Fair Debt Collection

The Fair Debt Collection Practices Act is a federal statute that curtails unfair, abusive, or outrageous practices and tactics by collection agencies.

View the Fair Debt Collection Practices Act.

What Debts are covered?

Personal, family, and household debts are covered under the Act. This includes money owed for the purchase of an automobile, for medical care, or for charge accounts.

Who is a Debt Collector?

  • A debt collector is any person, other than the creditor, who regularly collects debts owed to others.
  • A creditor who, collecting from his/her own debtors, uses a name other than his/her own.
  • An attorney who collects debts on a regular basis.

Not all debt collectors are subject to the Act . It does not apply to banks, other lenders, or businesses that collect their own accounts using their own names, nor does it cover them when they collect an isolated debt for another.

How May a Debt Collector Contact You?

A debt collector may contact you in person, by mail, telephone, telegram, or FAX.

A collector may NOT contact a debtor:

  • before 8 a.m. or after 9 p.m.;
  • at inconvenient or unreasonable places;
  • at a place of employment if it is known the employer prohibits such contact;
  • if an attorney is known to represent the debtor, the attorney should be contacted instead.

Can You Stop a Debt Collector From Contacting You?

You may stop a collector from contacting you by writing a letter to the collection agency telling them to cease all communications with you and that you will deal with the creditor directly. The letter should be sent by certified mail with a return receipt requested. Remember to keep a copy of the letter.

Once the agency receives your letter, they may not contact you again except to say there will be no further contact. Another exception is that the agency may notify you if the debt collector or the creditor intends to take some specific action. Ceasing contact does not preclude a lawsuit.

May a Debt Collector Contact Any Other Person Concerning Your Debt?

A debt collector may contact a person other than the debtor only to discover or verify the debtor's location. The collector must:

  • identify himself, but he must identify his employer only if expressly requested to do so;
  • not reveal the consumer's indebtedness to anyone other than the debtor or his/her attorney;
  • not use a post card or in any way reveal debt collection activity.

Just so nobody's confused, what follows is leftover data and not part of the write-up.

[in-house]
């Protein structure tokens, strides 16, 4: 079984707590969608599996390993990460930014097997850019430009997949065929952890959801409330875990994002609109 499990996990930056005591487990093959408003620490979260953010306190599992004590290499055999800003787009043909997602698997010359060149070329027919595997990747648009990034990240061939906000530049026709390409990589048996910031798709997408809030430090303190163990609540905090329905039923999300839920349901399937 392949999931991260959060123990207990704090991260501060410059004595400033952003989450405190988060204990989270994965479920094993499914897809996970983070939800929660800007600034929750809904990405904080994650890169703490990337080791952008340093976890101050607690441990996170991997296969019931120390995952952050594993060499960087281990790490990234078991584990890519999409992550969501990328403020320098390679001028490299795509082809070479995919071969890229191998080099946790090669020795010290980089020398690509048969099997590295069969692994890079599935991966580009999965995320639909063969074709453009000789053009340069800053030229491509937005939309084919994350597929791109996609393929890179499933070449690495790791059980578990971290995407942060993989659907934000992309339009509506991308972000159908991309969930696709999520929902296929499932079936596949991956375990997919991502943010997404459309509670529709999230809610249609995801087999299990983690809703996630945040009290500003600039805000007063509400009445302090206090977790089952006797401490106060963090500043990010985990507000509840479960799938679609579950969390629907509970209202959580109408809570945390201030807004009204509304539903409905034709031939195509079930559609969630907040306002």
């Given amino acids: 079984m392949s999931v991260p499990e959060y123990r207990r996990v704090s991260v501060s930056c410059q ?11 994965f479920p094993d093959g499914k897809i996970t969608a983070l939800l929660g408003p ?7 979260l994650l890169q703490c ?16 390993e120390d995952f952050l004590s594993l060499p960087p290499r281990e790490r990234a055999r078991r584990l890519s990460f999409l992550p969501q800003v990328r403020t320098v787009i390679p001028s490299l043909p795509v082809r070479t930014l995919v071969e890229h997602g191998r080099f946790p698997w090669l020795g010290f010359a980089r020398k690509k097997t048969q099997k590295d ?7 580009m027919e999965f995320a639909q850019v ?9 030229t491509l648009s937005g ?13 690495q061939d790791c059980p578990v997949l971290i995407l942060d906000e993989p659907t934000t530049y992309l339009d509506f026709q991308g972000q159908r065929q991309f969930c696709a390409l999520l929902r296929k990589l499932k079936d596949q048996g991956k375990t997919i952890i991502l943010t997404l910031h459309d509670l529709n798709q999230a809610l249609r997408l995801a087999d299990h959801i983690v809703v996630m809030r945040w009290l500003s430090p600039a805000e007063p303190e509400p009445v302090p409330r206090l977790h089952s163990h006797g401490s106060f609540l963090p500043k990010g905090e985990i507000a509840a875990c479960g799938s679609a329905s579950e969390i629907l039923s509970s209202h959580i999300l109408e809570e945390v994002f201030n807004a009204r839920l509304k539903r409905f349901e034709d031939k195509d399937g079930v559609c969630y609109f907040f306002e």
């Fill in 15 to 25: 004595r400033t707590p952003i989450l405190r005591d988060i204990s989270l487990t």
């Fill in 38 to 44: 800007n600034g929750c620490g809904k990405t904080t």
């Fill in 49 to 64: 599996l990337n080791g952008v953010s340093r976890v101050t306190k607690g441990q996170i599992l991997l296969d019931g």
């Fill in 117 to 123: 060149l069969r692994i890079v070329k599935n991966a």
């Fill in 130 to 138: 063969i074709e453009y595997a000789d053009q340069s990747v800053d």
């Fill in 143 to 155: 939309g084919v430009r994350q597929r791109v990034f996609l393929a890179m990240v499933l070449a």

The collection agency may contact any person besides yourself about your case only once. If a collection agency bill collector calls a third person more than once, they should warn the collector not to call again or they will complain to the Federal Trade Commission.

Validating The Debt

Within five days after contacting a debtor about paying a debt, the collector must send a written notice that includes:

  • the name of the creditor and the amount of debt;
  • that the debt will be assumed to be valid unless disputed within 30 days; if disputed, the collector will verify it and send a copy of the verification or of a judgment against the consumer.

During a period when a debt is being verified, the collector may not attempt to obtain payment.

Debt Collection Practices That Are Prohibited

Harassment... Debt collectors may not harass, oppress, or abuse any person; they may not:

  • use threats of violence or harm against the person, property, or reputation;
  • publish a list of consumers who refuse to pay their debts, except to a credit bureau, or advertise the debt;
  • use obscene or profane language;
  • repeatedly use the telephone to annoy someone;
  • telephone people without identifying themselves.

False statements... Debt collectors may not use any false statements when collecting a debt; they may not:

  • use false, deceptive or misleading representations as to their identity, such as falsely implying they are attorneys or government representatives;
  • falsely imply that you have committed a crime or state that you will be arrested if you do not pay your debt;
  • misrepresent the amount of your debt;
  • misrepresent the involvement of an attorney in collecting a debt;
  • indicate that papers being sent to you are legal forms when they are not or indicate that papers being sent to you are not legal forms when they are;
  • state that they will seize, garnish, attach, or sell your property or wages unless they or the creditor intends to do so and it is legal to do so;
  • give false credit information about you to anyone.

Unfair Practices... Debt collectors may not engage in unfair practices such as: Debt collectors may not engage in unfair practices such as:

  • collect any amount greater than your debt, unless allowed by law;
  • make you accept collect calls or pay for telegrams;
  • deposit a post-dated check prematurely.

If you have a complaint against a Collection Agency, contact: Federal Trade Commission (FTC) at 877-382-4357